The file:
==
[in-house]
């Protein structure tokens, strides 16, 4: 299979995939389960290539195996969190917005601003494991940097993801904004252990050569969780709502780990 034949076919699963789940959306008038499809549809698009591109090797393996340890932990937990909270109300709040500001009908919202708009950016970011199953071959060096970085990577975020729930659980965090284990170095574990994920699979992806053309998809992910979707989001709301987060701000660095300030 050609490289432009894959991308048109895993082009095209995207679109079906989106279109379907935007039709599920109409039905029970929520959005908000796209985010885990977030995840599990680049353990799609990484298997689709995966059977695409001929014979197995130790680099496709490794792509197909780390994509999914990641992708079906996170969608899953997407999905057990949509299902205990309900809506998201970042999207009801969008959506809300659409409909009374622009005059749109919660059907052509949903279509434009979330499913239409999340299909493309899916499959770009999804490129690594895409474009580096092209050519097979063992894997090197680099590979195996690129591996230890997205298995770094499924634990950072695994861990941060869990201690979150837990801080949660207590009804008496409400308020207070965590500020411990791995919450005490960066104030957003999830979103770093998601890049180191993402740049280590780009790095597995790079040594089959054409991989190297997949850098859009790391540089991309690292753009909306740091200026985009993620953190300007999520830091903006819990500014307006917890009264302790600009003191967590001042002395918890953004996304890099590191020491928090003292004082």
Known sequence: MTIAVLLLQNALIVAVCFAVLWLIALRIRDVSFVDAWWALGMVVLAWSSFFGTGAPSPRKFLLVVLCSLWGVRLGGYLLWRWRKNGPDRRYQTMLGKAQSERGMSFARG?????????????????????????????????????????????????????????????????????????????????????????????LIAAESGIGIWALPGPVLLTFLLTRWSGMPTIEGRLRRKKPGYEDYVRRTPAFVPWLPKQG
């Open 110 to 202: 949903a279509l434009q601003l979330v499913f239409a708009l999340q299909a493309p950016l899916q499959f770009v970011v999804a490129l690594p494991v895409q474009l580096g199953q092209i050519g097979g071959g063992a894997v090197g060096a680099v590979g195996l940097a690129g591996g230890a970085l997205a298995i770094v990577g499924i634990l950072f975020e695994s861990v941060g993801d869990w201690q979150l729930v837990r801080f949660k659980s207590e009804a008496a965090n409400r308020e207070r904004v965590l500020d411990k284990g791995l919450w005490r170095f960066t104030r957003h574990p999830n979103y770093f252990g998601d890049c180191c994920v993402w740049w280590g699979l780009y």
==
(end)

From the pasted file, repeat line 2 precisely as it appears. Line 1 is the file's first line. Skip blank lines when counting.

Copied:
């Protein structure tokens, strides 16, 4: 299979995939389960290539195996969190917005601003494991940097993801904004252990050569969780709502780990 034949076919699963789940959306008038499809549809698009591109090797393996340890932990937990909270109300709040500001009908919202708009950016970011199953071959060096970085990577975020729930659980965090284990170095574990994920699979992806053309998809992910979707989001709301987060701000660095300030 050609490289432009894959991308048109895993082009095209995207679109079906989106279109379907935007039709599920109409039905029970929520959005908000796209985010885990977030995840599990680049353990799609990484298997689709995966059977695409001929014979197995130790680099496709490794792509197909780390994509999914990641992708079906996170969608899953997407999905057990949509299902205990309900809506998201970042999207009801969008959506809300659409409909009374622009005059749109919660059907052509949903279509434009979330499913239409999340299909493309899916499959770009999804490129690594895409474009580096092209050519097979063992894997090197680099590979195996690129591996230890997205298995770094499924634990950072695994861990941060869990201690979150837990801080949660207590009804008496409400308020207070965590500020411990791995919450005490960066104030957003999830979103770093998601890049180191993402740049280590780009790095597995790079040594089959054409991989190297997949850098859009790391540089991309690292753009909306740091200026985009993620953190300007999520830091903006819990500014307006917890009264302790600009003191967590001042002395918890953004996304890099590191020491928090003292004082």